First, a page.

The Different Faces of Animation
in 60th Annecy International Animation Film Festival
by Naama Rak
It’s quite strange to serve as judge in an online festival. While watching the animated films chosen for Annecy 2020, I googled the city where the festival takes place in years without a global pandemic. The pictures were beautiful. A perfect place to fantasied about while stuck at home. But I tried not to pity myself for missing the chance to visit it (for now) and focus on the thing we’re all here for – the art of animation and the different ways animators use to express emotions and ideas.
Luckily, my jury got to focus on short films, which are more suited to be watched at home than feature films. The variety was amazing and even inspiring – so many types of techniques, designs, color palettes, experiences and references. A living proof of the power and potential of animation. I’d like to tell you about some of the films I enjoyed the most.
The one we chose as our winner is the Canadian film The Physics of Sorrow (Physique De La Ristesse, 2020) by Theodore Ushev. It was the most ambitious of the collection, both on an artistic level and in terms of screenplay. Visually, it’s just jaw-dropping, one of these works of art that look like it was impossible to make, yet still looks vivid and sucks you into its world. It is both expressive, smart, rich and minimalist.
Another ambitious film was Flesh (Carne, 2019), a project that combines the talents of 5 animators from Brazil and Spain and director Camila Kater. Flesh chose an interesting way to discuss the connection between women and their bodies, with a special use of different animation techniques. Each part has a unique point of view, a new storyteller and a new way to tell the story visually. Some are disturbing and harsh, others more touching and even uplifting.
Most of the films that I loved this year had female characters in the lead or a female experience in the center. Hot Flash (2019) by Thea Hollatz from Canada also tells a story of a woman’s relationship with her body, but it does so in a more plot-based way then Flesh. It’s a short and sweet tale about a meteorologist going through menopause, told in a sort of cynical way, but with much love for the main character.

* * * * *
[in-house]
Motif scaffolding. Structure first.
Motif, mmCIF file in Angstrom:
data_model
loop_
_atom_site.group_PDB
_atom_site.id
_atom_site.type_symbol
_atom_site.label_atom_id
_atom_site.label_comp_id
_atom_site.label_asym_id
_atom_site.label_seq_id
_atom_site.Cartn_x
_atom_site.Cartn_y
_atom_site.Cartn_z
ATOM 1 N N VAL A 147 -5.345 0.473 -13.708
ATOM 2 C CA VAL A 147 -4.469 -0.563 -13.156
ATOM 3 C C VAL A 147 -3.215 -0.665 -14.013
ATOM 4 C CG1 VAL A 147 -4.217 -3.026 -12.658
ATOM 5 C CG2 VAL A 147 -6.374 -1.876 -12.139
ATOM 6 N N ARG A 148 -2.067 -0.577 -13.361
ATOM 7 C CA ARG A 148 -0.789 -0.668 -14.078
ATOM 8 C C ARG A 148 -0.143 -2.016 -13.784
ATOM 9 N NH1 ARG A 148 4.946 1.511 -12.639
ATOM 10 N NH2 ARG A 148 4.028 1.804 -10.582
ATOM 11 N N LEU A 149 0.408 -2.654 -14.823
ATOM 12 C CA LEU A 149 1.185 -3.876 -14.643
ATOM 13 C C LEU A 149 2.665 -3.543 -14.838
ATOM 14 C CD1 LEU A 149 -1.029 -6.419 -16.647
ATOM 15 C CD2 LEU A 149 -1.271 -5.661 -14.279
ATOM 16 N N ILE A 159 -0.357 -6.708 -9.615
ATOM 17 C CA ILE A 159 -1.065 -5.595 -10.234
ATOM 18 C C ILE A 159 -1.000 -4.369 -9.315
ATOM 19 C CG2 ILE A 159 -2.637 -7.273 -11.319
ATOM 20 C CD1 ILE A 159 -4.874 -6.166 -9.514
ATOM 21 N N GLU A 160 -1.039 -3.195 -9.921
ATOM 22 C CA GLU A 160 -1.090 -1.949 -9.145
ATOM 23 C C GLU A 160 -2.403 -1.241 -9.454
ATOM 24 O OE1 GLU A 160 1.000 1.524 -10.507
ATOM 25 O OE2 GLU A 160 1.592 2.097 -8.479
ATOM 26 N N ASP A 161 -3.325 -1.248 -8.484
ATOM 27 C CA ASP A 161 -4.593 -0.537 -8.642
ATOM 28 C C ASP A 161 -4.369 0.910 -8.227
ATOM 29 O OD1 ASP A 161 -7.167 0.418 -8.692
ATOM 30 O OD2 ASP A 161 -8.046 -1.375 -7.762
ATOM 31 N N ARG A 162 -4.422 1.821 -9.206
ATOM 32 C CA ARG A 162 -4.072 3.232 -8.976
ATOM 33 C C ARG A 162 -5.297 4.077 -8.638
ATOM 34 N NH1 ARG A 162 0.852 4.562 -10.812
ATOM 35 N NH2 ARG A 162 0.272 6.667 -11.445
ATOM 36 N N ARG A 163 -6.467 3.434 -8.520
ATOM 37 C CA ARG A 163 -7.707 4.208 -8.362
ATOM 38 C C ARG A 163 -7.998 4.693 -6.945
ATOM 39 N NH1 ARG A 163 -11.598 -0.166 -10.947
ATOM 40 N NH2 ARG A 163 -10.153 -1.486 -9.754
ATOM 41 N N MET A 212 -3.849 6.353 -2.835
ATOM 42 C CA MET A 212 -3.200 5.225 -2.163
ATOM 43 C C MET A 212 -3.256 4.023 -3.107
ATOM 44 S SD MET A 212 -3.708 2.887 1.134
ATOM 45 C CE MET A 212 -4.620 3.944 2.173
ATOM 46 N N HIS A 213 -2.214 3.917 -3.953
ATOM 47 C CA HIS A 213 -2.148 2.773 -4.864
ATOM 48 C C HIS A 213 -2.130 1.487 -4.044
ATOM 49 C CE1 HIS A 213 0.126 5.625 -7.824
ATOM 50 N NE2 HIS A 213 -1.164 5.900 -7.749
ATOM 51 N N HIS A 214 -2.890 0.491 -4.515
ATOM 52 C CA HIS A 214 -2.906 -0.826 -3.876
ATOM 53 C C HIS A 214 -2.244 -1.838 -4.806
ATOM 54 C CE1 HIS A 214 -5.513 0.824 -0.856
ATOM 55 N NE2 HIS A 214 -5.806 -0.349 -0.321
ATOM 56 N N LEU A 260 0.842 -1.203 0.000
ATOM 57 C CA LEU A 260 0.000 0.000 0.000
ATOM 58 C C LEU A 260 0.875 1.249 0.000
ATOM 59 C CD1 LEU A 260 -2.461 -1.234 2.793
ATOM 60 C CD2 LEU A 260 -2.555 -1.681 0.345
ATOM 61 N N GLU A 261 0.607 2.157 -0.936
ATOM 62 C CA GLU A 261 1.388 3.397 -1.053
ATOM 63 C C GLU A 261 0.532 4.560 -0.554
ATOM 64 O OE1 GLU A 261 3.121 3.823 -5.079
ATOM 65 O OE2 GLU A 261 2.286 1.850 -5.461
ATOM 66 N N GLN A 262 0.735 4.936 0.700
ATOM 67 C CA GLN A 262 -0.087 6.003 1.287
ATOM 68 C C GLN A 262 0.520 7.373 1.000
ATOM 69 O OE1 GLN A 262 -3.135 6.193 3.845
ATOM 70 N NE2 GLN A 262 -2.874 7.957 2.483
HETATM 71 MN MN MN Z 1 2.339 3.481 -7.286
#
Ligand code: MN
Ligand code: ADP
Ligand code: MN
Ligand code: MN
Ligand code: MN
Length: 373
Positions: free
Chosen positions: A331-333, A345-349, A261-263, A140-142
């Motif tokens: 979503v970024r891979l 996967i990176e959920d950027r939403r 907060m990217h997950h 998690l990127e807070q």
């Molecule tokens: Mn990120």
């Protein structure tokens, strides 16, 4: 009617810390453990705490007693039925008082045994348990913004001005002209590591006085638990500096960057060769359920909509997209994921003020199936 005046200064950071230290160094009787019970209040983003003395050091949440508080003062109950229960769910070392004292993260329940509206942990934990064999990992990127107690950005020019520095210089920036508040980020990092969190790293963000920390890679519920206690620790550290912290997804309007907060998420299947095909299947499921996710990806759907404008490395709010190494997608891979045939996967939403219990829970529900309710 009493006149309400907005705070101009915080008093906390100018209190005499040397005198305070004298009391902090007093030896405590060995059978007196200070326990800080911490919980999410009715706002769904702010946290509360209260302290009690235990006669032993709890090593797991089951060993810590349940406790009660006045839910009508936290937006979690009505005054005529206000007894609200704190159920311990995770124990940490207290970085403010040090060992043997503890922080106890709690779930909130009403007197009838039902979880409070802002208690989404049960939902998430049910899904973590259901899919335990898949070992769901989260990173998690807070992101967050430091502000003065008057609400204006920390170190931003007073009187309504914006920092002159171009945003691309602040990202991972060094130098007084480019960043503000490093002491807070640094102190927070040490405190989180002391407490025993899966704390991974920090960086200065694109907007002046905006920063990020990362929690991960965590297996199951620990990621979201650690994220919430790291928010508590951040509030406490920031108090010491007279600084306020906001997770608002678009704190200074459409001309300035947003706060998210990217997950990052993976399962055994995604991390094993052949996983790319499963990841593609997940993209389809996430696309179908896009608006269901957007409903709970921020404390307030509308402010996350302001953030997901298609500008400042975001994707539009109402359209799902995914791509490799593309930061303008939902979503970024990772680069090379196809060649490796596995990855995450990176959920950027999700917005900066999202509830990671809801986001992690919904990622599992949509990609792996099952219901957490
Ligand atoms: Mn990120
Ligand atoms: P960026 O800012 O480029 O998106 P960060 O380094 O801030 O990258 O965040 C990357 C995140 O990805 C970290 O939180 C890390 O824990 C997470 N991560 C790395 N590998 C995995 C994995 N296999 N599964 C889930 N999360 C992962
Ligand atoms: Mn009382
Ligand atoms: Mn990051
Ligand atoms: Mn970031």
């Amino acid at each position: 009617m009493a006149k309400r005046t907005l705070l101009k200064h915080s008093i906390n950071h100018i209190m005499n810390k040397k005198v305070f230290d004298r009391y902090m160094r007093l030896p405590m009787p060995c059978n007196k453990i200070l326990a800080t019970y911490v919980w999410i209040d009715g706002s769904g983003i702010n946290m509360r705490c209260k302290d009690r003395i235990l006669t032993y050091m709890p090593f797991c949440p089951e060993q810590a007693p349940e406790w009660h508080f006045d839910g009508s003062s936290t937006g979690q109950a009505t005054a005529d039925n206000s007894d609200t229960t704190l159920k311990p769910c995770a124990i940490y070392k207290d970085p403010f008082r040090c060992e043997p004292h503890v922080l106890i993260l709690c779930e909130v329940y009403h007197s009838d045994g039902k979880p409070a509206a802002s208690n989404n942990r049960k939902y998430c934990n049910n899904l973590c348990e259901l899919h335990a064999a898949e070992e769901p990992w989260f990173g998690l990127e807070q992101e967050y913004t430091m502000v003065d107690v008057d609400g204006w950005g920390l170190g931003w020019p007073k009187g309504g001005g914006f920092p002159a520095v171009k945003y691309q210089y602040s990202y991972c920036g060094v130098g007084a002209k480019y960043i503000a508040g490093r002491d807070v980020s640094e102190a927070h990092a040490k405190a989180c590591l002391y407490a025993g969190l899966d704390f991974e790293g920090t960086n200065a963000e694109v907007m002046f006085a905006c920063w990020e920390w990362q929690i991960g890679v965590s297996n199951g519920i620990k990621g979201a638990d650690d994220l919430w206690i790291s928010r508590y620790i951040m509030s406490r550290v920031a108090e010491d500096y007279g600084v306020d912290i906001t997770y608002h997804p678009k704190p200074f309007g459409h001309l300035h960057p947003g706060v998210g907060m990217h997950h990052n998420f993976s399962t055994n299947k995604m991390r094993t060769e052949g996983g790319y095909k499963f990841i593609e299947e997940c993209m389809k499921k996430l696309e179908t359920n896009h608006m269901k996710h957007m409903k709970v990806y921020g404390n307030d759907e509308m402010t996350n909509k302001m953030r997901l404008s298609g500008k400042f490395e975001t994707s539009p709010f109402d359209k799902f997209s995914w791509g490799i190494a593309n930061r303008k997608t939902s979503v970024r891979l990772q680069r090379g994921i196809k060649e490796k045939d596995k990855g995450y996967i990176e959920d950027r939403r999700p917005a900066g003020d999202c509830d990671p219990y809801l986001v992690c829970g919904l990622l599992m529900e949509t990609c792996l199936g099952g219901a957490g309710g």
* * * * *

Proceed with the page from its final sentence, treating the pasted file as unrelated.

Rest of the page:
Vier Nev’s A Mind Sang (A Mãe de Sangue, 2019) from Portugal is truly one of a kind – a poetic work of art where every shot can be seen in two ways. It has the appearance of an optical illusion and a beautiful yet unsettling mood.
Murder in the Cathedral (2020), created by Matija Pisacic and Tvrtko Raspolic (from Croatia and Serbia) is a very strange piece, where a detective story meets a very silly type of humor and lots of nudity. Finally, there is Svetlana Razguliaeva’s Urban Goat (Gorodskaya Koza, 2020) from Russia, which tells the story of a young woman trying to start over in a small village. The characters are all cartoonish animals, but it’s not a family friendly picture. Both the funny, cutesy moments and the dark twists made me root for the young goat lady that the story follows.
One of the strangest in the bunch was Andrea Vinciguerra’s No, I Don’t Want to Dance! (2019), a short stop motion film from Italy. It shows a few little moments of people dealing with health issues or freak accidents, who make them look like they just started dancing out of nowhere. This is as dark as it sounds, and it’s somehow weirder when done with innocent looking little puppets. Anyone who only think of this technique as a way to entertain children would be surprised.
All of the above and others were interesting to see, but there was one movie that just made me really happy, from beginning to end. The Zillas Have a Picnic (Familie Zilla macht Picknick, 2019) by German director Christian Franz Schimidt is very short, colorful and lighthearted, but most of all – funny. The story is simple – a family of giant Godzilla-like monsters goes on a little trip in which they terrorize a city, fight another creature and becomes more united. The minute it was over I watched it again with my husband, and for that I thank the fact that the festival was online – it made it easier to go back to the movies I loved and share the experience with others.
© FIPRESCI 2020
Edited by Yael Shuv